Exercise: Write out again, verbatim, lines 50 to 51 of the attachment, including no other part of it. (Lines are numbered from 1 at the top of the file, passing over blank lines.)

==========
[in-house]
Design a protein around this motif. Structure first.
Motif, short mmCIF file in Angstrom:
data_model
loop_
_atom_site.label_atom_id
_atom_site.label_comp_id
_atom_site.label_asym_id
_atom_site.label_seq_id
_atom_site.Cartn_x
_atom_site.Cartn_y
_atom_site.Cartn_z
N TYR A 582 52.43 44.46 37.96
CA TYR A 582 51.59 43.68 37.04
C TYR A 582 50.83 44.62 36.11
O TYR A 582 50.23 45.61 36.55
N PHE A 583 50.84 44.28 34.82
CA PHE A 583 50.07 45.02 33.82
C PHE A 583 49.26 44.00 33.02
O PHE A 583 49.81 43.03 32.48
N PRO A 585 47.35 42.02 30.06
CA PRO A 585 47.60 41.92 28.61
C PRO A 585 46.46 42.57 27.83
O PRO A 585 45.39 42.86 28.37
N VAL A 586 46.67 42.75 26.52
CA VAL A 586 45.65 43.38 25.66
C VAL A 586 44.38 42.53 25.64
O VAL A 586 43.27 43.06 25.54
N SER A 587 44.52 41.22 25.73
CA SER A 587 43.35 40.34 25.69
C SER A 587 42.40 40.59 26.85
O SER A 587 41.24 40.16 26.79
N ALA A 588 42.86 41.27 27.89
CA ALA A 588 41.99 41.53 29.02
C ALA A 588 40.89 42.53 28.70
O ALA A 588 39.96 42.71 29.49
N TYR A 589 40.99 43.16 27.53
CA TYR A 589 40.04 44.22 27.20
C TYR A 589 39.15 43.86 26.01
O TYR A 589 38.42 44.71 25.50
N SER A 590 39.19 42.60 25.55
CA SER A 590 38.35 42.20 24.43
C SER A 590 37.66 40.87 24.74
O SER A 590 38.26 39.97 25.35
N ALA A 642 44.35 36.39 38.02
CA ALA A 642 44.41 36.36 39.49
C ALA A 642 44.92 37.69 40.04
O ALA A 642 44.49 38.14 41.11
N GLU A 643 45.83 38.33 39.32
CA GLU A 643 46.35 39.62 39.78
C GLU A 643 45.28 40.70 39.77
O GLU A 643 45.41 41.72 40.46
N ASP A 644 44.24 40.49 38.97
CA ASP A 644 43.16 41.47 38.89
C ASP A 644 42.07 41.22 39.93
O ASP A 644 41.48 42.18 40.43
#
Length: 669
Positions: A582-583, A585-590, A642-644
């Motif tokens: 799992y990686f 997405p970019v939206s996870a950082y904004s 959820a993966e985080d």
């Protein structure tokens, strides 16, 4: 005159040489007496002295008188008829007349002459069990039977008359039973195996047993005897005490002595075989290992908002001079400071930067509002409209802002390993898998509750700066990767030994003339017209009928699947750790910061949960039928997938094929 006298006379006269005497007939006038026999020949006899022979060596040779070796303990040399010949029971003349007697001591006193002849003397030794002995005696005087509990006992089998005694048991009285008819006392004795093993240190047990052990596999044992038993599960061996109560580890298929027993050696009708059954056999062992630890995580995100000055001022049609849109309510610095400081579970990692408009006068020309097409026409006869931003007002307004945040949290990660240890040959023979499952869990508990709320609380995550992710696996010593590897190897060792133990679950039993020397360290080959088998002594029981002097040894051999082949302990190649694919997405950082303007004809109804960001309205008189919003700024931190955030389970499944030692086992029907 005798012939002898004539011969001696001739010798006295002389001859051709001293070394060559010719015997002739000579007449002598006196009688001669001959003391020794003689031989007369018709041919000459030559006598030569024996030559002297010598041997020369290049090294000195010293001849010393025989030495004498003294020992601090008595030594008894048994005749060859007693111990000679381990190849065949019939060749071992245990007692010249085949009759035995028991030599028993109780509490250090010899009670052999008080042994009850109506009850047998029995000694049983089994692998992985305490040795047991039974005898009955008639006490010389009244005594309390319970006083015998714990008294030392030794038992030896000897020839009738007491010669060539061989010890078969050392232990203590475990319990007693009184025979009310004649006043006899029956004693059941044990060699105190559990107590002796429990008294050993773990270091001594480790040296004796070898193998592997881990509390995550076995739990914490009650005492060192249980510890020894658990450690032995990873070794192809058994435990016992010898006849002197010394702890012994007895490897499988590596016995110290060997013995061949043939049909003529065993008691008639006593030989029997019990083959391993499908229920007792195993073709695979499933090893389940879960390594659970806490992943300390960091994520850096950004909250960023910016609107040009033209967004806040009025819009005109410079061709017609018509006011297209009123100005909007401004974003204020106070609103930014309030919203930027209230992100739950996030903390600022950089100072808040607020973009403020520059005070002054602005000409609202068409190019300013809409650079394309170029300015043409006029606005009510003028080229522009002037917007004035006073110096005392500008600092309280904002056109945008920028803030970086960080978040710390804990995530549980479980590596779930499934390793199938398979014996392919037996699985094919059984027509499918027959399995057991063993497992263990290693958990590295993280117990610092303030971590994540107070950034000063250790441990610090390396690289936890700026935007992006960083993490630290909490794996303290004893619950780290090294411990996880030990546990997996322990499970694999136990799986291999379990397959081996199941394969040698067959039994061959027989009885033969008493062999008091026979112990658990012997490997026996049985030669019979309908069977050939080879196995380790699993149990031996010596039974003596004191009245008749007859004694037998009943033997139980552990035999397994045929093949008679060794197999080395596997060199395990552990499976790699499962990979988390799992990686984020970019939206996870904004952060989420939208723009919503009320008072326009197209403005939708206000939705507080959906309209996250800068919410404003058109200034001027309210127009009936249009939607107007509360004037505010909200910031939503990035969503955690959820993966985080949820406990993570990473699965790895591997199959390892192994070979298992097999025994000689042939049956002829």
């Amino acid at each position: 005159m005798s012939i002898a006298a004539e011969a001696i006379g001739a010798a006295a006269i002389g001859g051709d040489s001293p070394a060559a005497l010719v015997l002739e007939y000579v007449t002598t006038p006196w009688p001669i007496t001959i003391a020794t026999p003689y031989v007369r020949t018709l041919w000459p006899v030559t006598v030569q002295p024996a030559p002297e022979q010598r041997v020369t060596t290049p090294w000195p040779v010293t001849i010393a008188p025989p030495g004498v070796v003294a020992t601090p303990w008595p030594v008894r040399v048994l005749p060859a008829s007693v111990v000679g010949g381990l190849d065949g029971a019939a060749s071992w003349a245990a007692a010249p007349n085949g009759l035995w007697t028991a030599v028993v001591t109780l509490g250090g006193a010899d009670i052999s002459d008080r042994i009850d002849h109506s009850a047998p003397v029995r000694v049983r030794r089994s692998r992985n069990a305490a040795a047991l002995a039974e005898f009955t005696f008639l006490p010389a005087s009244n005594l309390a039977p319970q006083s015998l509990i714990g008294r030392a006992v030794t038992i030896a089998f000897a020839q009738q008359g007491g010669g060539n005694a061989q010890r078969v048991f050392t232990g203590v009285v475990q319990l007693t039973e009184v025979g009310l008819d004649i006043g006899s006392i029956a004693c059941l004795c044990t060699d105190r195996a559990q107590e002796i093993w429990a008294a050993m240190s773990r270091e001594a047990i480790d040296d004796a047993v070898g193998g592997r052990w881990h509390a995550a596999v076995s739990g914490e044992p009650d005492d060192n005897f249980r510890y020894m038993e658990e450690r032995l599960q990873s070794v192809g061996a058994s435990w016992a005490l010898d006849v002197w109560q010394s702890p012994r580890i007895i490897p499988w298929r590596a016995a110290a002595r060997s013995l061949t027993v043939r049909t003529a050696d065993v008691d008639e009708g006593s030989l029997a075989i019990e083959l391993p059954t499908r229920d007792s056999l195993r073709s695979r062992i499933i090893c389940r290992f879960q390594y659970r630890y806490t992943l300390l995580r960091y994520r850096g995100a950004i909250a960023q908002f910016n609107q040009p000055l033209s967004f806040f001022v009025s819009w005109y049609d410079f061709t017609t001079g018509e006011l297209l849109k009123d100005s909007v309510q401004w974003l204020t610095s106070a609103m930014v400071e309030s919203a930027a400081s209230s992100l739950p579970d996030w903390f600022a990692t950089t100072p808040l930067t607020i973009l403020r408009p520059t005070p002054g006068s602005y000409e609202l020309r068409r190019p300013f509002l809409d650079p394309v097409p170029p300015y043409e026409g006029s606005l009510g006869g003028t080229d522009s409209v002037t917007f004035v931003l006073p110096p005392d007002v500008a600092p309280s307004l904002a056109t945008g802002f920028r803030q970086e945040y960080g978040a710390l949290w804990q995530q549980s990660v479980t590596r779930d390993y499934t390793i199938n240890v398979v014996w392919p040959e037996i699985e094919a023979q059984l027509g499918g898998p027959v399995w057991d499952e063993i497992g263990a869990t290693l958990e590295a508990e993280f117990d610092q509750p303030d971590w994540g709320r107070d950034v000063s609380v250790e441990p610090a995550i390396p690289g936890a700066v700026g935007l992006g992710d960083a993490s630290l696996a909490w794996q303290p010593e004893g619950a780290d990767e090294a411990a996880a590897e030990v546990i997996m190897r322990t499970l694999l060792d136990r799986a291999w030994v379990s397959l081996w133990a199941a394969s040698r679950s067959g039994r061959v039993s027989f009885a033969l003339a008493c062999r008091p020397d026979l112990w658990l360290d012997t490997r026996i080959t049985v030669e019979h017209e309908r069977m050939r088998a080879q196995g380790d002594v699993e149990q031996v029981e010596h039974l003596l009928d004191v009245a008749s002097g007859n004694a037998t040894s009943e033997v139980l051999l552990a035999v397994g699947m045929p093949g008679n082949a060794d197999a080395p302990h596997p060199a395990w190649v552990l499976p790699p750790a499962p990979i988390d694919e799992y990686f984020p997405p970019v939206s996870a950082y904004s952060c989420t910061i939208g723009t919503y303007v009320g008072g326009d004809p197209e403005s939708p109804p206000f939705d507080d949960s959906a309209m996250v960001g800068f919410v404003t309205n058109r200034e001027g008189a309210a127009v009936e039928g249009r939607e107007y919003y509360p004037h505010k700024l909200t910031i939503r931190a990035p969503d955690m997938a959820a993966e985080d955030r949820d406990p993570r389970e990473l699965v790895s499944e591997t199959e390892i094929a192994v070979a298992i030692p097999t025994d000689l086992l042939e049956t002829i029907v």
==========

CA GLU A 643 46.35 39.62 39.78
C GLU A 643 45.28 40.70 39.77